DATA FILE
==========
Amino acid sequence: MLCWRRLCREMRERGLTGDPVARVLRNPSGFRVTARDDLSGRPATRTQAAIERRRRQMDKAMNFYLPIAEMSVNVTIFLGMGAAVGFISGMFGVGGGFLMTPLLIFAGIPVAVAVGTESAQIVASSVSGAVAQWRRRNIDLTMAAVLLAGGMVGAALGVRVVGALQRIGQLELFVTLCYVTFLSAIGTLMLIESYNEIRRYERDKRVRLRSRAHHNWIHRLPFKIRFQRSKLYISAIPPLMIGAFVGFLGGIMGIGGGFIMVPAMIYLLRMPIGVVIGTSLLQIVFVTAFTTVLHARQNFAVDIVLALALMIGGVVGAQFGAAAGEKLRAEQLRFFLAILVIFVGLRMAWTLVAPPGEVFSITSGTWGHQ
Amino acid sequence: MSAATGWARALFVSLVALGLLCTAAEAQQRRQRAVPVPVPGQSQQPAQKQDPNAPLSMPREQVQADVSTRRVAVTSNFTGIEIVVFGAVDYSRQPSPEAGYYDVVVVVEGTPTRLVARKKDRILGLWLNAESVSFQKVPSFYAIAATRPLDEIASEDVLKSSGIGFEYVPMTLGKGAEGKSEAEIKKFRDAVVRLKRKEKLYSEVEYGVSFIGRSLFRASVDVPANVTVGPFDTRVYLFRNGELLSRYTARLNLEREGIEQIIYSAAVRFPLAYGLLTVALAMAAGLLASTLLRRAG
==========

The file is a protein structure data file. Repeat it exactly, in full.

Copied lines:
Amino acid sequence: MLCWRRLCREMRERGLTGDPVARVLRNPSGFRVTARDDLSGRPATRTQAAIERRRRQMDKAMNFYLPIAEMSVNVTIFLGMGAAVGFISGMFGVGGGFLMTPLLIFAGIPVAVAVGTESAQIVASSVSGAVAQWRRRNIDLTMAAVLLAGGMVGAALGVRVVGALQRIGQLELFVTLCYVTFLSAIGTLMLIESYNEIRRYERDKRVRLRSRAHHNWIHRLPFKIRFQRSKLYISAIPPLMIGAFVGFLGGIMGIGGGFIMVPAMIYLLRMPIGVVIGTSLLQIVFVTAFTTVLHARQNFAVDIVLALALMIGGVVGAQFGAAAGEKLRAEQLRFFLAILVIFVGLRMAWTLVAPPGEVFSITSGTWGHQ
Amino acid sequence: MSAATGWARALFVSLVALGLLCTAAEAQQRRQRAVPVPVPGQSQQPAQKQDPNAPLSMPREQVQADVSTRRVAVTSNFTGIEIVVFGAVDYSRQPSPEAGYYDVVVVVEGTPTRLVARKKDRILGLWLNAESVSFQKVPSFYAIAATRPLDEIASEDVLKSSGIGFEYVPMTLGKGAEGKSEAEIKKFRDAVVRLKRKEKLYSEVEYGVSFIGRSLFRASVDVPANVTVGPFDTRVYLFRNGELLSRYTARLNLEREGIEQIIYSAAVRFPLAYGLLTVALAMAAGLLASTLLRRAG